The origin of French fries is Belgium. According to some historians, potatoes were being fried by 1680 in the Meuse Valley of Belgium. Locals often ate small fried fish, when the river was frozen they used potatoes as a substitute. They used to cut potatoes lengthwise and fry them in oil to use them as a fish substitute.
Thomas Jefferson gets the credit for introducing French fries to
America when he served them at a White House dinner in 1802 after
reportedly requesting, "Potatoes, fried in the French manner.
The average American eats thirty pounds of French fries per year.
The earliest known reference to fries in English literature is in A
Tale of Two Cities. Charles Dickens refers to, “Husky chips of
potato, fried with some reluctant drops of oil”.
In general, potatoes cooked with the skin on are healthier, as most
of the nutrients in a potato come from the skin
French fries are eaten all over the world and every culture has its
own preferred condiment. Americans dunk them in ketchup, Brits eat
their chips with salt and malt vinegar, mayonnaise is a popular
accompaniment in Belgium and they look forward to steamed mussels
and fries, in Vietnam they serve fries with soft butter and a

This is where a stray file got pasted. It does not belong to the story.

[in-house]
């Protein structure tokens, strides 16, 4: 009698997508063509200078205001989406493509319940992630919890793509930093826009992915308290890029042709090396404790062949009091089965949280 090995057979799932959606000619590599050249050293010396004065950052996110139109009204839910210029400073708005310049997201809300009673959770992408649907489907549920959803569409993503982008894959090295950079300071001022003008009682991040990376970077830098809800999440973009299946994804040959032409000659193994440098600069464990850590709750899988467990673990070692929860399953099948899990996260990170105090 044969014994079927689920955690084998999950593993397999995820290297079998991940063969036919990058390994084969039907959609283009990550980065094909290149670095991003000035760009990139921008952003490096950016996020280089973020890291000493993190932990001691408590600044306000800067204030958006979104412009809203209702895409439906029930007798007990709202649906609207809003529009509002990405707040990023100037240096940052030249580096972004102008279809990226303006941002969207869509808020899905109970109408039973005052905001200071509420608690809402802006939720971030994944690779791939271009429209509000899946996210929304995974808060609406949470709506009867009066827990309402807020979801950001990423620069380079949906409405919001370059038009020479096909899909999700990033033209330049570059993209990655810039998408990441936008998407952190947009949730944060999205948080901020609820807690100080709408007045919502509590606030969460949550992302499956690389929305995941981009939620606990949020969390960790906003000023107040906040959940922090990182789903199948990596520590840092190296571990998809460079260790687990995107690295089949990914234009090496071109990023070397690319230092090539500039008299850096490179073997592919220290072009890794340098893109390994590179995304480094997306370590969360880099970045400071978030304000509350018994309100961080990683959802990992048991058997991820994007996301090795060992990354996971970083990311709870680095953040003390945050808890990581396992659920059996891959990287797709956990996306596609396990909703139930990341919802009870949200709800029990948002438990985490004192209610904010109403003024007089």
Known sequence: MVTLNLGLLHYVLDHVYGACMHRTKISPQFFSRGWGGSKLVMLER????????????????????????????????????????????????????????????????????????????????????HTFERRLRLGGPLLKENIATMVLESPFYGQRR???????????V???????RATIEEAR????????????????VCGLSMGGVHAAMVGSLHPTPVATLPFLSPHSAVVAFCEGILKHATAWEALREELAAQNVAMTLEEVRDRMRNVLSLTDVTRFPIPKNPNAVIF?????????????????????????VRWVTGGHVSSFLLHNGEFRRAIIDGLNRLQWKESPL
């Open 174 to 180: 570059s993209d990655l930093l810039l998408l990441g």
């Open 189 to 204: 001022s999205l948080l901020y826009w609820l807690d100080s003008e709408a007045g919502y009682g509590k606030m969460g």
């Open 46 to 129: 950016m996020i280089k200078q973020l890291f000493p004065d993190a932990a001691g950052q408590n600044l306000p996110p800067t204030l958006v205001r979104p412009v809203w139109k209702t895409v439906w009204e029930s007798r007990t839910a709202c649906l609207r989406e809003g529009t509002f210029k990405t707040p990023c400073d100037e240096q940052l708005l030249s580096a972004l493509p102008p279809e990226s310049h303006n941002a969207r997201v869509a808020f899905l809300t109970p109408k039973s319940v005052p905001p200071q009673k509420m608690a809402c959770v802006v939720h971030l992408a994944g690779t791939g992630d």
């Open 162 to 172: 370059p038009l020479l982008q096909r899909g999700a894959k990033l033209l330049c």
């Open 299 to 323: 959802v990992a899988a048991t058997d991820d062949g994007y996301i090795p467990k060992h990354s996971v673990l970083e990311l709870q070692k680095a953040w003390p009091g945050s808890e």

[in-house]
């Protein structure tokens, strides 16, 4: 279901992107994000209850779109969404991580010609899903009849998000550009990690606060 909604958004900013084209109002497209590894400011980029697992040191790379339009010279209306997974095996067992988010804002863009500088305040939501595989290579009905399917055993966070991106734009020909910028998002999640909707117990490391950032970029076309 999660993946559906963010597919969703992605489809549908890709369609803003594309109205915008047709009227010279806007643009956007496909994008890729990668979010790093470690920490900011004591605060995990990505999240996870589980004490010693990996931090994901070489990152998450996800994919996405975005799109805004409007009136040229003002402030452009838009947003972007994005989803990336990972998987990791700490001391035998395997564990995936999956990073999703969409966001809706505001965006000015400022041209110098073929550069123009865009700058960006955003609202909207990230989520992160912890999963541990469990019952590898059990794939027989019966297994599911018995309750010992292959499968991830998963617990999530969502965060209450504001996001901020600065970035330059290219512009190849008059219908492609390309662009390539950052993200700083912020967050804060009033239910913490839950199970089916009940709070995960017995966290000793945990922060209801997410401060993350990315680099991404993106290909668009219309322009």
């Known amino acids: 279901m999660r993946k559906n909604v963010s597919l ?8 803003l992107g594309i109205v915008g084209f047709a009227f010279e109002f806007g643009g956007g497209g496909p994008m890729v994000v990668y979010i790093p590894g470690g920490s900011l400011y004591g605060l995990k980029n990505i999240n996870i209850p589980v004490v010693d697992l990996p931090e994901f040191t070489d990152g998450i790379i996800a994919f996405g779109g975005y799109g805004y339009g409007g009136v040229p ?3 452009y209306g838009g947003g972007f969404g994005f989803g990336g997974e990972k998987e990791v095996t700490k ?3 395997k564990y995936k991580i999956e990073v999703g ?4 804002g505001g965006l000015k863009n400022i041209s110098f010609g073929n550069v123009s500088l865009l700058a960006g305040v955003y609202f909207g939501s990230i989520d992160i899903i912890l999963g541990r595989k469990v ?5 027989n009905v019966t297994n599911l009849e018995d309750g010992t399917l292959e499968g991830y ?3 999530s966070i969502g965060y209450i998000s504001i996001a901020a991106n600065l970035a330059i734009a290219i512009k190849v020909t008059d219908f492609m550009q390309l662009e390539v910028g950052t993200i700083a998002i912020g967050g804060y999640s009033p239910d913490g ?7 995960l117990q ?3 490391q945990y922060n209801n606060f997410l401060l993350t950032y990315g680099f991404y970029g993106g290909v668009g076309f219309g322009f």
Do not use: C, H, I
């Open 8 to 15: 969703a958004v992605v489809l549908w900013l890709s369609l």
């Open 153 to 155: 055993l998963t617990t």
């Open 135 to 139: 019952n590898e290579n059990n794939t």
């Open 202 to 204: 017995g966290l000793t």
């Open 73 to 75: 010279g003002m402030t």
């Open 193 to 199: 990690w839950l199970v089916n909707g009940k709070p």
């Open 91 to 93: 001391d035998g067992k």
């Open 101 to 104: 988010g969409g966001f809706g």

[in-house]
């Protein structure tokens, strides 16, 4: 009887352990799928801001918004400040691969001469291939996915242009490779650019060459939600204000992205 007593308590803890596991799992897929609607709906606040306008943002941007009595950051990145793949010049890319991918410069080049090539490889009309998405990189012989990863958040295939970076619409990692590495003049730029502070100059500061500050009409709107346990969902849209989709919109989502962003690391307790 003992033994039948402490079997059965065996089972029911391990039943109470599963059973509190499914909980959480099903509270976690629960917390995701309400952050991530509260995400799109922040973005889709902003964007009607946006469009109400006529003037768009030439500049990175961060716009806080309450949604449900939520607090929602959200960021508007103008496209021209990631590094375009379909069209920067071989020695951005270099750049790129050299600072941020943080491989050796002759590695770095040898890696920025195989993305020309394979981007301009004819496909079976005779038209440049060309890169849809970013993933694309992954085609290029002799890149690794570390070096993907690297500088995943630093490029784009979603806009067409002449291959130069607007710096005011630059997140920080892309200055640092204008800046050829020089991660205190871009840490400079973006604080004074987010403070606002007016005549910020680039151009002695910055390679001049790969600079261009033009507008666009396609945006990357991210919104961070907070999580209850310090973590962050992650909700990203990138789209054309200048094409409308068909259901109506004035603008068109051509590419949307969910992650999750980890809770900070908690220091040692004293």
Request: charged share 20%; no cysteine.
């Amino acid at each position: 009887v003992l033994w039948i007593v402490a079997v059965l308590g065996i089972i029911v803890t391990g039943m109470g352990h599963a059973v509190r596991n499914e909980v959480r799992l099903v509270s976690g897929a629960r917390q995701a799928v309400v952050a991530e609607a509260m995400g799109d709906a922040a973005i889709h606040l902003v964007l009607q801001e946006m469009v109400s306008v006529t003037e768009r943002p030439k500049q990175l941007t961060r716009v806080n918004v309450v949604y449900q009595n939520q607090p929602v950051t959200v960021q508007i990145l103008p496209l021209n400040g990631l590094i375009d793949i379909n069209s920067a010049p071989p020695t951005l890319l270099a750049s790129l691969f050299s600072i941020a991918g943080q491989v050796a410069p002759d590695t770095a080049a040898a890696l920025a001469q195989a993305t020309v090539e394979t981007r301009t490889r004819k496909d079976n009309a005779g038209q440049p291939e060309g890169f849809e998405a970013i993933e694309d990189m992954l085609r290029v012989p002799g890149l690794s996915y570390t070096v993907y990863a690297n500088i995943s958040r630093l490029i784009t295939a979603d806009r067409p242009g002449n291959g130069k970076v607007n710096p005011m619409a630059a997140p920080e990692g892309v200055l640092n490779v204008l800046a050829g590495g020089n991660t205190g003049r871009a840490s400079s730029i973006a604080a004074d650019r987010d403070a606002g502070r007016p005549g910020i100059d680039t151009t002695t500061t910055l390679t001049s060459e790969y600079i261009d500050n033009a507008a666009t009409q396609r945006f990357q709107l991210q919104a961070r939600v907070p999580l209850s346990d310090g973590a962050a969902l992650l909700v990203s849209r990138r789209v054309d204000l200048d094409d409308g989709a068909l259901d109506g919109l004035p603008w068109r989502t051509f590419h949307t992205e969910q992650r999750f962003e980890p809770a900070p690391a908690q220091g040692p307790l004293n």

sprinkling of sugar. "Clams and chips" is a very popular dish in
Halifax, Nova Scotia, Canada. French fries served with hot mustard
is very popular in Ireland
There is a museum in Belgium entirely devoted to the classic
fast-food snack frites.
French Fries in France are known as frites, patates frites, or
pommes frites in French. These names are also used in many
About seven per cent of the potatoes grown in the US are sold by
McDonald’s. It sells more than one third of all the French fries
sold in restaurants in the U.S. each year.
According to the Agricultural Research Service in Navarre, potato
skins are packed with 60 phyto-chemicals, many of these are
flavonoids which help lower bad cholesterol and keep arteries clear.
Belgians may or may not have invented the French fry, today, they do
consume the most French fries per capita of any country in Europe.
Belgians, who are the world’s connoisseurs when it comes to French
fries, occasionally will serve French fries with egg as a topping.
The raw egg is cracked over the French fries immediately after the
fries have been pulled from the fryer. This tends to mostly cook the
egg, but leaves the yoke somewhat runny for dipping the fries in.